Berkshire Hathaway Reveals Additional Inquiry
Regulators are probing the accounting methods used by Warren Buffett's Berkshire Hathaway Inc., expanding an investigation that started with its connection to American International Group Inc.
Since January, authorities have been looking at whether Berkshire Hathaway's General Reinsurance Corp. unit helped AIG misstate financial results. Now, they are investigating how General Re and another insurance subsidiary performed accounting for a type of reinsurance that can be used to hide losses or smooth volatile shifts in earnings, Bloomberg reported.
“The accounting treatment applied by its own subsidiaries is being questioned,” Christopher Bebel, a former federal prosecutor who now practices law in Houston, told Bloomberg. “Berkshire Hathaway has always been viewed as a company that's above the fray and operates on a higher level.”
The new information was included in an Aug. 5 earnings report filed with the Securities and Exchange Commission. “The inquiries being made by the government relate to the investigation that commenced with the original subpoena received from the SEC on January 7, 2005, and are not as a result of any new investigation,” Berkshire Hathaway said in a statement.
The focus of the investigation had been on whether General Re helped AIG improperly book reinsurance, which allowed the country's largest insurer to overstate reserves by $500 million in 2000. Two former General Re executives pleaded guilty in June to federal charges of conspiring to violate securities laws.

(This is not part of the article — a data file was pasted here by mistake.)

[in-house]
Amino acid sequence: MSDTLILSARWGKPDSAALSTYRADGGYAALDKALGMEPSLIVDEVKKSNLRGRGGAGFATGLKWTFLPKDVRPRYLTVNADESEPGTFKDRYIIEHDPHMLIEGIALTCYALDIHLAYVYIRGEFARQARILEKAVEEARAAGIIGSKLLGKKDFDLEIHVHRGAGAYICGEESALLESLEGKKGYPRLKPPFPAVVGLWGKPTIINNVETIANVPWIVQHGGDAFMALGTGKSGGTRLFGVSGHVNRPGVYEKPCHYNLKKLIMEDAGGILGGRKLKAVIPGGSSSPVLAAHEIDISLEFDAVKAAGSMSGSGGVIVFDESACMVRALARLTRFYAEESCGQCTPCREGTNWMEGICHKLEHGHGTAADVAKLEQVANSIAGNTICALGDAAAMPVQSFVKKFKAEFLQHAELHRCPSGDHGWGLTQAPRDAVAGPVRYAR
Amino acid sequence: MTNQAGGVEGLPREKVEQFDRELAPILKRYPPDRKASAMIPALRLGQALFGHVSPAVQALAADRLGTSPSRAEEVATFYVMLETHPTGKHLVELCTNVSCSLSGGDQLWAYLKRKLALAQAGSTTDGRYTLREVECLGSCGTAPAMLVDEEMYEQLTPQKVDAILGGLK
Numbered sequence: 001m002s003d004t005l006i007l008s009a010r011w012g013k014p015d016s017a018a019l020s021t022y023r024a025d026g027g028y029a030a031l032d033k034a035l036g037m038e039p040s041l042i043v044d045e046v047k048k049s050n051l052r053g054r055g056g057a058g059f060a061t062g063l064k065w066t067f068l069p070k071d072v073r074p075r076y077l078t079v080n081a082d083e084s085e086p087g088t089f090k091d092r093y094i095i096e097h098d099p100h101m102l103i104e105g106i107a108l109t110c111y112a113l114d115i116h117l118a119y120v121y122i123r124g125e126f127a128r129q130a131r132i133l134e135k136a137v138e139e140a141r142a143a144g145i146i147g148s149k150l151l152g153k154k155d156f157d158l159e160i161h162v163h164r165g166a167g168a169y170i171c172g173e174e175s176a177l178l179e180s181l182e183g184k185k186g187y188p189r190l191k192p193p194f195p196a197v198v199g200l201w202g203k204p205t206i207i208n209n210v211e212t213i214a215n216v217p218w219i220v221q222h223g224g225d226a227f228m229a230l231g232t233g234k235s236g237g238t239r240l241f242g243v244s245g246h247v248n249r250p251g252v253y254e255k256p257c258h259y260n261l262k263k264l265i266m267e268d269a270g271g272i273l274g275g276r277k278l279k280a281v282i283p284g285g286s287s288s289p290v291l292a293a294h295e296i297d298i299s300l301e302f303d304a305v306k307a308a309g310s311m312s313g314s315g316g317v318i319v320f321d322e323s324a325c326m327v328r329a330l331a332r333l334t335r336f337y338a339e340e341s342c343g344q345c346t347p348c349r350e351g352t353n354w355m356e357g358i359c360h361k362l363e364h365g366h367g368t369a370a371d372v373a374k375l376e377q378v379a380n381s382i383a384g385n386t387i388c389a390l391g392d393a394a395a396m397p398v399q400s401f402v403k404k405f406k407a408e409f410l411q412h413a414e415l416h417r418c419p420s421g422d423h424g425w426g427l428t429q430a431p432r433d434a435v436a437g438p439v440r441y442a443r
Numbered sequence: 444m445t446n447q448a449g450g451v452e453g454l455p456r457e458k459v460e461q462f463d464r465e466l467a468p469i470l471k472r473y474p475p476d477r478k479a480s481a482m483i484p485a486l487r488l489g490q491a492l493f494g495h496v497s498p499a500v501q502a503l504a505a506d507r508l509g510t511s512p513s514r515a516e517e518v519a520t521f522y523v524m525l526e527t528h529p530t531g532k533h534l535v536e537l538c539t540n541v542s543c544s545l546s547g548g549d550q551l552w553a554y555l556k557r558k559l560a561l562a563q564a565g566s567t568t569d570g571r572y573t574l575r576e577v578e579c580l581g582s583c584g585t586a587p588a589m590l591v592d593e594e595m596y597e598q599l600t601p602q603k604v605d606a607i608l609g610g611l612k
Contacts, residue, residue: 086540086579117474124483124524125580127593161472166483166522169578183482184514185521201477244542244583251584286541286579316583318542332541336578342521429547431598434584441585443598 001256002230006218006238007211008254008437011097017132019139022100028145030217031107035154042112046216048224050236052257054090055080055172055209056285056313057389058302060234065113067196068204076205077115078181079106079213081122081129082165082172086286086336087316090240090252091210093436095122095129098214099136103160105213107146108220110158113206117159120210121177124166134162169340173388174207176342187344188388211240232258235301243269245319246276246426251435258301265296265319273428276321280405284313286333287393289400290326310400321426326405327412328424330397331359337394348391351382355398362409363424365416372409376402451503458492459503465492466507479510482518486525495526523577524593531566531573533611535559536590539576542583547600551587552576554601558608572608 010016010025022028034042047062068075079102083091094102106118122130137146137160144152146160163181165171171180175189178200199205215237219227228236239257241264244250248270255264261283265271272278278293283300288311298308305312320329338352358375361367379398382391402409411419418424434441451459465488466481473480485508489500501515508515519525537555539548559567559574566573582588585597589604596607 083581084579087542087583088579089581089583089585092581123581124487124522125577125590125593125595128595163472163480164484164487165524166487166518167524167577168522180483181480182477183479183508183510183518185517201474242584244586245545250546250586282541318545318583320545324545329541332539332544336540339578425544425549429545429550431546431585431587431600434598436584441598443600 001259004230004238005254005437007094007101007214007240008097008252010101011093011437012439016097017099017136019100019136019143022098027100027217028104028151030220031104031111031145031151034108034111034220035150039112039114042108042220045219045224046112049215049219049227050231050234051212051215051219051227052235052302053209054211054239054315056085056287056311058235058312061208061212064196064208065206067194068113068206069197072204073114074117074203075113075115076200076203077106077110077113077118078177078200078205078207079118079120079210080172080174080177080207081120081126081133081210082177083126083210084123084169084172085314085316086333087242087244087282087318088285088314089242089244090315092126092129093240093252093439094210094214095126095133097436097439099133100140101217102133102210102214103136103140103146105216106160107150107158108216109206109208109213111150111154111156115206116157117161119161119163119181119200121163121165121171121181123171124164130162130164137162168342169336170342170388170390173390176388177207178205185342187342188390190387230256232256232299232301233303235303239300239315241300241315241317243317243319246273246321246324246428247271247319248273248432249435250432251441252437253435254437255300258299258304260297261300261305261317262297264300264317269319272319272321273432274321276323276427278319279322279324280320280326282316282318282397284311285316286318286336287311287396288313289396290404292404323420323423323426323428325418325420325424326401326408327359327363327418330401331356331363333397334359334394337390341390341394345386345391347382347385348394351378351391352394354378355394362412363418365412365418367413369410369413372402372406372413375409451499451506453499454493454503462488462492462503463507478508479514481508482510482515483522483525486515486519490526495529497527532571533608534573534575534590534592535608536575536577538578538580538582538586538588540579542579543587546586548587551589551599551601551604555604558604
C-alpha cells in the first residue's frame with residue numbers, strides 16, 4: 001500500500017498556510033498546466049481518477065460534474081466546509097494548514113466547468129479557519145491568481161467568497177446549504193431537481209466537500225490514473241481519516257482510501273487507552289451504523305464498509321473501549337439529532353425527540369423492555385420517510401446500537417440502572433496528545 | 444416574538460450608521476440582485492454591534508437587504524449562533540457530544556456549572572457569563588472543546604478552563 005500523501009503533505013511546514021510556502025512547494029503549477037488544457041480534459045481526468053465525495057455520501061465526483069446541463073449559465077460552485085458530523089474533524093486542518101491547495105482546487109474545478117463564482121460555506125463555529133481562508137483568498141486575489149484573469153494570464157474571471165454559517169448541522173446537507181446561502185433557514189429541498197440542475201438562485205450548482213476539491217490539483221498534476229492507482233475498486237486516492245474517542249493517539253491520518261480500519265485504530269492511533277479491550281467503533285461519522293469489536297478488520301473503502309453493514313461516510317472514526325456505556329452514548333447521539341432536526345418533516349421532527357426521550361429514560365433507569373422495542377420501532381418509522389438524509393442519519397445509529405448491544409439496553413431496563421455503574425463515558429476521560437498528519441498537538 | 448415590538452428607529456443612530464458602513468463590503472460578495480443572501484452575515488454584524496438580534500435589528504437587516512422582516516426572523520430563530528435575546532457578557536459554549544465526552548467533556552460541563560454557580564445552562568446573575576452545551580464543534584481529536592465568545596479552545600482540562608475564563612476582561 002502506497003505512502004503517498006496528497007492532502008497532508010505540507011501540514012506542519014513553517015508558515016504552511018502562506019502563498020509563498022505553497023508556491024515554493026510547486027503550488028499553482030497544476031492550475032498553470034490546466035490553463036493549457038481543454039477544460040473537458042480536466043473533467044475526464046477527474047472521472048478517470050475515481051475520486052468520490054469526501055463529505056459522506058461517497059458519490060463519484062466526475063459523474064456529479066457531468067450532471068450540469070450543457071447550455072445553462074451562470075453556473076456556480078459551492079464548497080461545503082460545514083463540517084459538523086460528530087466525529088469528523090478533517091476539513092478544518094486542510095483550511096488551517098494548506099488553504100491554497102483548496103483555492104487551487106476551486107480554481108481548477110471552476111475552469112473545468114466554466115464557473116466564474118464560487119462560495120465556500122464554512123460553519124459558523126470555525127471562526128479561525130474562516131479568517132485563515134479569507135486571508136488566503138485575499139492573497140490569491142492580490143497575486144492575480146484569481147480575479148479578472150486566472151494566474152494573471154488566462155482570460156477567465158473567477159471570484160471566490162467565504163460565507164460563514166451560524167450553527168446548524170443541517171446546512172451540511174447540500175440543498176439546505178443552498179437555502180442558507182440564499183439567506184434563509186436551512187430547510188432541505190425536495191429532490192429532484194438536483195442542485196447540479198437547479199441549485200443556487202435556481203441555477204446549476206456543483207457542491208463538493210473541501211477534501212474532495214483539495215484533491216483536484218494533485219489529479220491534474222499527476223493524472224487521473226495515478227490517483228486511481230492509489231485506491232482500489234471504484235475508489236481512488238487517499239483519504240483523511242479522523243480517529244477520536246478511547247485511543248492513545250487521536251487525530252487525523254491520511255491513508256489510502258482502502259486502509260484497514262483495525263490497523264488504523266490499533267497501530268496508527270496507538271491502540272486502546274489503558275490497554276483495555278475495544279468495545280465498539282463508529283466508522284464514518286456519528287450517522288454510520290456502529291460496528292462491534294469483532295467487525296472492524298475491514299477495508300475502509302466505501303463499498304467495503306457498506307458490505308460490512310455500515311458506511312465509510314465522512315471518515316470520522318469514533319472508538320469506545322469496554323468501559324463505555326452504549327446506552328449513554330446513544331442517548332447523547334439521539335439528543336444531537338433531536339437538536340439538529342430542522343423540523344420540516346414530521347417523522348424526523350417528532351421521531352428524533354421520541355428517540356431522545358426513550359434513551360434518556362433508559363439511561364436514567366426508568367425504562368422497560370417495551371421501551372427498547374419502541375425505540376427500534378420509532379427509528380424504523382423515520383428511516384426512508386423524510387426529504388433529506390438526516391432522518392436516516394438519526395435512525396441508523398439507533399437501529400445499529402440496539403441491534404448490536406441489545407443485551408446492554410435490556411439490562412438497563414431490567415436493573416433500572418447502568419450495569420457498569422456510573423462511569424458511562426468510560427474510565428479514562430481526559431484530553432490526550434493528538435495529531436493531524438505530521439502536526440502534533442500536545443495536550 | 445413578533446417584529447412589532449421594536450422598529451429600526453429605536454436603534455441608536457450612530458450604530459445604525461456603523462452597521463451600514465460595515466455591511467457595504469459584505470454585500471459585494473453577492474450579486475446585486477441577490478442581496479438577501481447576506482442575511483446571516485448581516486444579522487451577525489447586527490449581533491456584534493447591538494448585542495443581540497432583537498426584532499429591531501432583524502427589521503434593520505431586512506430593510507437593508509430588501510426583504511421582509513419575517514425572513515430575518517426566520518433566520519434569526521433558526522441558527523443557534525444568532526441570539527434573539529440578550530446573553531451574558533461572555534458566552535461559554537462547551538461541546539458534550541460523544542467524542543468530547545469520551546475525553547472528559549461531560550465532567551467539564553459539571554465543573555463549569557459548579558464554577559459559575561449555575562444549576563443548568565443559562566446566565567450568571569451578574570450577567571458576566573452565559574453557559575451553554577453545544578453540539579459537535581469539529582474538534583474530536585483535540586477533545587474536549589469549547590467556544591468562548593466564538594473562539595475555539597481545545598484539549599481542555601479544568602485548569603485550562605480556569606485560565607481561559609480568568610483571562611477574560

"I suppose regulators are simply being thorough, and seeing if Berkshire accounted for something different from how its counterparties did," said Steven Check, who oversees $470 million at Check Capital Management Inc. in Costa Mesa, Calif., including $45 million in Berkshire shares, according to Reuters. "Warren Buffett has done things right for decades, so for me, the benefit of the doubt should go to him."
Among other regulators examining activities involving Berkshire units are federal prosecutors, New York Attorney General Eliot Spitzer and regulators in the UK, Australia, Canada, Germany and Ireland.
Berkshire also revealed that it fired a former reinsurance executive, Milan Vukelic, who had been under investigation by authorities overseas. Vukelic was head of the Faraday Group, a reinsurance brokerage unit in the UK, and led General Re's international reinsurance business.
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